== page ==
Multicultural Communities for Mobility (MCM), a project of Community Partners, organizes for safe and accessible transportation for low-income communities of color in Los Angeles. MCM has nearly 10 years experience in community empowerment and movement-building to serve people who walk, bike, and use public transit as their primary transportation. MCM has a colorful history of teaching bicycle safety to people of all ages, leading walking and biking tours connecting neighbors with art and history, and leading the charge for social justice-driven active transportation work. Today, MCM is a growing organization that is dedicated to bridging grassroots needs and public processes.


Click the button below to donate and help grow MCM’s team and capacity to create safer, more bikeable and walkable streets!

Donate Now

Please note: You will receive a charge from Paypal under the name “Community Partners”.

Interview Project Findings from Local Influencers and People who Bike

Multicultural Communities for Mobility (MCM) conducted ten interviews for the League of American Bicyclists in June with people in the community who regularly ride a bicycle (who will be referred to as cyclists only for brevity) and with people who are regarded as influencers and local leaders in policymaking and community organizing. This project is part of the League’s Equity Initiative.

MCM identified cyclists: people we have interacted with our programs in the past, were within reach in the communities we work in, and/or belong to groups who have been detached from mainstream and existing bicycle advocacy efforts. On the other hand, the influencers were sought out because they are key leaders whose work on many levels impacts the community members we serve and the cyclists we interviewed.

Findings from Cyclists:

Cyclists interviewed represent low-income, people of color, including people who identify as young parents, queer, and at-risk for gang violence at some point in their life. They all ride regularly and would be considered as avid bike commuters. They were asked about bike laws and have general knowledge and awareness of bike maintenance and light requirements. They shared their joys related to biking as well as their concerns, which centered on their disdain for distracted driving, disrespect from drivers, and uncertainty about what to do if they were hit.

One of the most memorable quotes was from Big C about drivers, “They see us but then they don’t see us.”

The cyclists were also asked about their sources of medical care, which ranged from preferring home remedies to having a primary care doctor available to them. While biking has risks for them, they talked about its value for their independence, well-being, connected to their environment, and economic benefits.

Good air quality and the presence of green space, bike infrastructure, affordable and quality housing, and better jobs and better wages are tied to community health.

Another major issue is law enforcement, criminalizing low-income people of color and those who are vulnerable on a bicycle or riding public transportation.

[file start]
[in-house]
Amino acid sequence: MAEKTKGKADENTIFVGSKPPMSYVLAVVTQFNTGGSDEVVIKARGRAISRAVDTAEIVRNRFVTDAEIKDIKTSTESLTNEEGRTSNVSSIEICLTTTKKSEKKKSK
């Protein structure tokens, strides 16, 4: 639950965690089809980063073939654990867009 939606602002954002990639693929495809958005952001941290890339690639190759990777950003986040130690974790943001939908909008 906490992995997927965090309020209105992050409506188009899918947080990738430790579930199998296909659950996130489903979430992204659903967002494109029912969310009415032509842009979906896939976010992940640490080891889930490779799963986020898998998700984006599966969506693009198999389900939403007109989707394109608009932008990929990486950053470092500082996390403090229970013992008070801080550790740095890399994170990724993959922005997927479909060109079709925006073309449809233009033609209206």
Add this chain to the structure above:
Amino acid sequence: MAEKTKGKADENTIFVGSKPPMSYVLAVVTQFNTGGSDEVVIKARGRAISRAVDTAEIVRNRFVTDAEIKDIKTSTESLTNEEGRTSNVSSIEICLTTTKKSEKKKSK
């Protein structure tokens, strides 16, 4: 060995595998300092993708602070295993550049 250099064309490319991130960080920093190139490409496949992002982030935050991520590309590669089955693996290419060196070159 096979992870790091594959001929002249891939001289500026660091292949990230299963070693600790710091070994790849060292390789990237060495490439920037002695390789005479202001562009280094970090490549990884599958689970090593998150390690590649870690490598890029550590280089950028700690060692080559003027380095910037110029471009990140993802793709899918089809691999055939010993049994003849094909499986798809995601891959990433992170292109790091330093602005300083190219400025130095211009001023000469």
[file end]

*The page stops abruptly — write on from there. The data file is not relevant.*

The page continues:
Findings from Influencers:

Influencers working in different sectors had public health related priorities in common. According to the influencers, there is a need for collaboration, coordinated efforts, and non-traditional partnerships to create progress.

In Los Angeles, our low-income communities are burdened by chronic diseases and increased risk for car-related injuries and deaths. It’s critical to take on structural changes; address social determinants and recognize the role of the built environment and policies affecting community health rather than solely focusing on individual choices or genetics. Good air quality and the presence of green space, bike infrastructure, affordable and quality housing, and better jobs and fair wages are tied to community health. A commitment to Vision Zero and action to move toward zero deaths is a step in the right direction. There is a need for political will and elected officials to champion these causes, to make the right decisions in favor of health for all and for the lives of those who walk and bike. While the pending bike share system is causing a buzz around the thriving Downtown area, there are major concerns about other bike-related issues left untouched and lacking attention from transportation agencies.

Equity remains an issue. Better serving those who already bike as a necessity is just as important as getting more people to bike. Another major issue is law enforcement, criminalizing low-income people of color and those who are vulnerable on a bicycle or riding public transportation. The prison industrial complex and the school-to-prison pipeline are major concerns. Providing a quality education and engaging youth to shape and lead their communities is essential to creating a better present and future Los Angeles.

The findings, along with a power map, were presented on July 16, 2015, in Minneapolis at the National Brotherhood of Cyclists Conference at the session: “The League of American Bicyclists Equity Advisory Council Project: Equity in Motion.”

This research project was sponsored by the League of American Bicyclists as part of their Equity initiative. Members of the Equity Advisory Council and invited consultants from six cities across the United States will present research from interviews and power mapping projects to uncover new perspectives on the power dynamics involved in bicycle advocacy.